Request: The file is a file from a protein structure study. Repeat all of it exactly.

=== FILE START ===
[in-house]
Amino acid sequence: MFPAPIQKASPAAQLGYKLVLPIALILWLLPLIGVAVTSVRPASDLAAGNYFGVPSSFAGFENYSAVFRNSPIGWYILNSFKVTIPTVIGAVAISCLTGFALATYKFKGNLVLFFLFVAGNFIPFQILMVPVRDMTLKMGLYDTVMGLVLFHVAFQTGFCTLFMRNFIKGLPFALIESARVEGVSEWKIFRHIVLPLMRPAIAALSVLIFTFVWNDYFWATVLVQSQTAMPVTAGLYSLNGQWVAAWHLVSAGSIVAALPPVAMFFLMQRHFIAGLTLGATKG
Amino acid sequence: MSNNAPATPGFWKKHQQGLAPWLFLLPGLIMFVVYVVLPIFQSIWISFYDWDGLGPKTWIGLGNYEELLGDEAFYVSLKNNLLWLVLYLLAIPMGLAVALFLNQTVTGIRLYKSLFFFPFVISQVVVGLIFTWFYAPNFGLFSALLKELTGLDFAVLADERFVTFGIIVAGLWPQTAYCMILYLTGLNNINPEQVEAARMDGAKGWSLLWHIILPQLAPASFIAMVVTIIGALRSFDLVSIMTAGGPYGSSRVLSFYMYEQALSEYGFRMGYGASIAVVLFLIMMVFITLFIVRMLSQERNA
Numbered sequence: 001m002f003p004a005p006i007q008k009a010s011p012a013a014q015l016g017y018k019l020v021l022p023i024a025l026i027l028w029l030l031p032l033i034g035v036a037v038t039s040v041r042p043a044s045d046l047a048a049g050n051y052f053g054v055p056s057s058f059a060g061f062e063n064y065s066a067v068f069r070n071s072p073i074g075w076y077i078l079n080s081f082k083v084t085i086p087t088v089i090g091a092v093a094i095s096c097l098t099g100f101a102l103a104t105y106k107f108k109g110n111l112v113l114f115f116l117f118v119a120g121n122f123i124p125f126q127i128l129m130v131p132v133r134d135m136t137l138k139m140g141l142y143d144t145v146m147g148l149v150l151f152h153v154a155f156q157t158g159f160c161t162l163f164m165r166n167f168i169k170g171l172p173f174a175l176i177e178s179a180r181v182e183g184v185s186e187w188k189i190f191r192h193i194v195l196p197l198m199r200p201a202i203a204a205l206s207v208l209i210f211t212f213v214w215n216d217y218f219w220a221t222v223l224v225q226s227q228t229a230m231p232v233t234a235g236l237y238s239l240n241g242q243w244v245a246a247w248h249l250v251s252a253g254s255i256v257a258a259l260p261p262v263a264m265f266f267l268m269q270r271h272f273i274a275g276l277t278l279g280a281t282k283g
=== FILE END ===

[in-house]
Amino acid sequence: MFPAPIQKASPAAQLGYKLVLPIALILWLLPLIGVAVTSVRPASDLAAGNYFGVPSSFAGFENYSAVFRNSPIGWYILNSFKVTIPTVIGAVAISCLTGFALATYKFKGNLVLFFLFVAGNFIPFQILMVPVRDMTLKMGLYDTVMGLVLFHVAFQTGFCTLFMRNFIKGLPFALIESARVEGVSEWKIFRHIVLPLMRPAIAALSVLIFTFVWNDYFWATVLVQSQTAMPVTAGLYSLNGQWVAAWHLVSAGSIVAALPPVAMFFLMQRHFIAGLTLGATKG
Amino acid sequence: MSNNAPATPGFWKKHQQGLAPWLFLLPGLIMFVVYVVLPIFQSIWISFYDWDGLGPKTWIGLGNYEELLGDEAFYVSLKNNLLWLVLYLLAIPMGLAVALFLNQTVTGIRLYKSLFFFPFVISQVVVGLIFTWFYAPNFGLFSALLKELTGLDFAVLADERFVTFGIIVAGLWPQTAYCMILYLTGLNNINPEQVEAARMDGAKGWSLLWHIILPQLAPASFIAMVVTIIGALRSFDLVSIMTAGGPYGSSRVLSFYMYEQALSEYGFRMGYGASIAVVLFLIMMVFITLFIVRMLSQERNA
Numbered sequence: 001m002f003p004a005p006i007q008k009a010s011p012a013a014q015l016g017y018k019l020v021l022p023i024a025l026i027l028w029l030l031p032l033i034g035v036a037v038t039s040v041r042p043a044s045d046l047a048a049g050n051y052f053g054v055p056s057s058f059a060g061f062e063n064y065s066a067v068f069r070n071s072p073i074g075w076y077i078l079n080s081f082k083v084t085i086p087t088v089i090g091a092v093a094i095s096c097l098t099g100f101a102l103a104t105y106k107f108k109g110n111l112v113l114f115f116l117f118v119a120g121n122f123i124p125f126q127i128l129m130v131p132v133r134d135m136t137l138k139m140g141l142y143d144t145v146m147g148l149v150l151f152h153v154a155f156q157t158g159f160c161t162l163f164m165r166n167f168i169k170g171l172p173f174a175l176i177e178s179a180r181v182e183g184v185s186e187w188k189i190f191r192h193i194v195l196p197l198m199r200p201a202i203a204a205l206s207v208l209i210f211t212f213v214w215n216d217y218f219w220a221t222v223l224v225q226s227q228t229a230m231p232v233t234a235g236l237y238s239l240n241g242q243w244v245a246a247w248h249l250v251s252a253g254s255i256v257a258a259l260p261p262v263a264m265f266f267l268m269q270r271h272f273i274a275g276l277t278l279g280a281t282k283g